Determining earthquake locations and origin times with minimum errors and maximum accuracy is highly dependent on the velocity structure of the study area. A regional velocity model for the study area is constructed using the VELEST inversion code [30]. Earthquakes located at less than 150 km epicentral distances with minimum of 15 P-phase and 3 S-phase readings are selected from the revised catalog in order to construct the velocity model. The earthquakes recorded by less than 15 seismic stations and having an azimuthal gap greater than 60 degrees are eliminated. Earthquakes with location errors greater than 2 km both at latitude and longitude and earthquakes with depth errors greater than 5 km were ignored. These section criteria were chosen in order to construct the 1-D velocity model with minimum location errors. The velocity model, computed by Akyol et al. [20], was chosen as an initial model for the relocation process. A total number of 515 earthquakes, with 9,981 P-phases and 1,605 S-phases high-quality picks were relocated using the initial velocity model, as an input to the iterative 1-D inversion algorithm. Station corrections were performed with respect to a reference seismic station. The Wadati diagram showed quality data, and the resultant Vp/Vs ratio was 1.77 (Figure 7). As a result of iterations, a 1-D velocity model that performed minimum RMS (root mean square) errors and best trade-off with station corrections was selected. The Moho discontinuity was observed at 33 km depth. The final model is similar to the velocity model of Karasözen et al. [22], obtained by a similar methodology but using different data sets (Figure 8). The RMS error is decreased from 0.493 to 0.197 at the end of iterations for the revised catalog, after relocation with the new 1-D velocity model. Earthquake locations and depths differ from the revised catalog with initial velocity model in minor changes at latitude (∼0.096 km), longitude (∼0.12 km), and depth (∼5 km). The seismicity in the study area is mainly observed within ∼18 km depths (Figure 6).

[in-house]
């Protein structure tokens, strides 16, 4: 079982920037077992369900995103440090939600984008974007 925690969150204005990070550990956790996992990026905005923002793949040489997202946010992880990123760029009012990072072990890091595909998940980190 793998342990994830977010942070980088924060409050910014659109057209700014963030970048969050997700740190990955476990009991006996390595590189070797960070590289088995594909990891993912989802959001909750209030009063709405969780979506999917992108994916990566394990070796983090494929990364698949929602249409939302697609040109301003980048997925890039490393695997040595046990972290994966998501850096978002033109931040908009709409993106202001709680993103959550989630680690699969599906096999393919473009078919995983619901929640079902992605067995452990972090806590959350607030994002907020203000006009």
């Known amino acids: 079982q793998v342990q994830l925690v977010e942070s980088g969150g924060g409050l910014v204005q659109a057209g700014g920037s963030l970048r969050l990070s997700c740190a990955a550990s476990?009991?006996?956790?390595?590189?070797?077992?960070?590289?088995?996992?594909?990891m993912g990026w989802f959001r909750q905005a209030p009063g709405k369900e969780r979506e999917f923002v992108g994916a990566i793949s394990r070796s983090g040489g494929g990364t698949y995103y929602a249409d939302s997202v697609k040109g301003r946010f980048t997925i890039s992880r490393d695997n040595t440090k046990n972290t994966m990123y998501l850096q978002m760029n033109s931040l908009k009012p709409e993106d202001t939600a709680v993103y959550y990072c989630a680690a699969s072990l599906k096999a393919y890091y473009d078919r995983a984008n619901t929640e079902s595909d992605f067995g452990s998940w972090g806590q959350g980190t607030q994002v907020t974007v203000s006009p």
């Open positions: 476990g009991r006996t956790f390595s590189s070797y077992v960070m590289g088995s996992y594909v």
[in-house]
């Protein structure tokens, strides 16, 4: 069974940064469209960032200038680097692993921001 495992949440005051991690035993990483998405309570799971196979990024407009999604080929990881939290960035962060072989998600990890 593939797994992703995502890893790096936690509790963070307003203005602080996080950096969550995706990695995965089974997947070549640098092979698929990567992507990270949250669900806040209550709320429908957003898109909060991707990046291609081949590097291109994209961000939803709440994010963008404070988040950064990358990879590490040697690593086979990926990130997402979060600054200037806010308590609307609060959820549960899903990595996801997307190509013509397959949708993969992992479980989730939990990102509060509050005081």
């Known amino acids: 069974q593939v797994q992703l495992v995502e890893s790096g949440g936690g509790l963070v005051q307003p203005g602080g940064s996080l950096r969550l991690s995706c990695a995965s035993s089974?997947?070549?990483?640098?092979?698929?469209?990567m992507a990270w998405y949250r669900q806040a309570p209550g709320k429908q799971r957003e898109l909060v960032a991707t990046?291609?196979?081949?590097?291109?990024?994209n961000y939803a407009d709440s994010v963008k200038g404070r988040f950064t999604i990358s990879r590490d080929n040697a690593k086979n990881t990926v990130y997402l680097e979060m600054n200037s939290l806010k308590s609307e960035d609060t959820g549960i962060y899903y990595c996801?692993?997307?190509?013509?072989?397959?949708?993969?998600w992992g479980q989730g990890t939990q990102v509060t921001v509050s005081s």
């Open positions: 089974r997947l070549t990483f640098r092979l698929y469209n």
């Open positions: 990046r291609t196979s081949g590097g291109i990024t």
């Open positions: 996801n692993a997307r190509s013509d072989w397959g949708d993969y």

Figure 7
Figure 7

Wadati diagram for revised catalog. The Vp/Vs ratio computed as 1.773.

Citation: Open Geosciences 12, 1; 10.1515/geo-2020-0010

Figure 8
Figure 8

Velocity models from different studies (initial model is depicted as green line) and a model resulted from the final inversion (red line).

Citation: Open Geosciences 12, 1; 10.1515/geo-2020-0010

The improved earthquake locations show that the seismicity mainly occurred around the mainshock location, with a small clustering in the Eğriöz Mountain (Figure 6). A dense activity was located in northwestern Tavşanlı, and a sparse activity took place along the EGFZ associated with the NW-SE trending structure of this fault zone. On the other hand, the aftershock activity in the study area is not clearly associated with the main Naşa fault system or the rest of the faults in this region. As observed, they do not correspond to any geomorphological structure. In other words, the aftershock activity cannot be unambiguously related to a tectonic structure or to any of active fault systems in the study area (Figure 6). Cumulative number of earthquakes dramatically increases after the Simav mainshock. No time-dependent earthquake clustering is observed, which might be evidence of fluid flow and dynamic triggering in the study area. Neither swarm nor depth-dependent activity migration is observed (Figures 9a–c).

Figure 9
Figure 9

The cross-section of revised catalog earthquakes with latitude (°) (a), longitude (°) (b), and depth (km) (c) as a function of time.

Citation: Open Geosciences 12, 1; 10.1515/geo-2020-0010

3 Regional focal mechanisms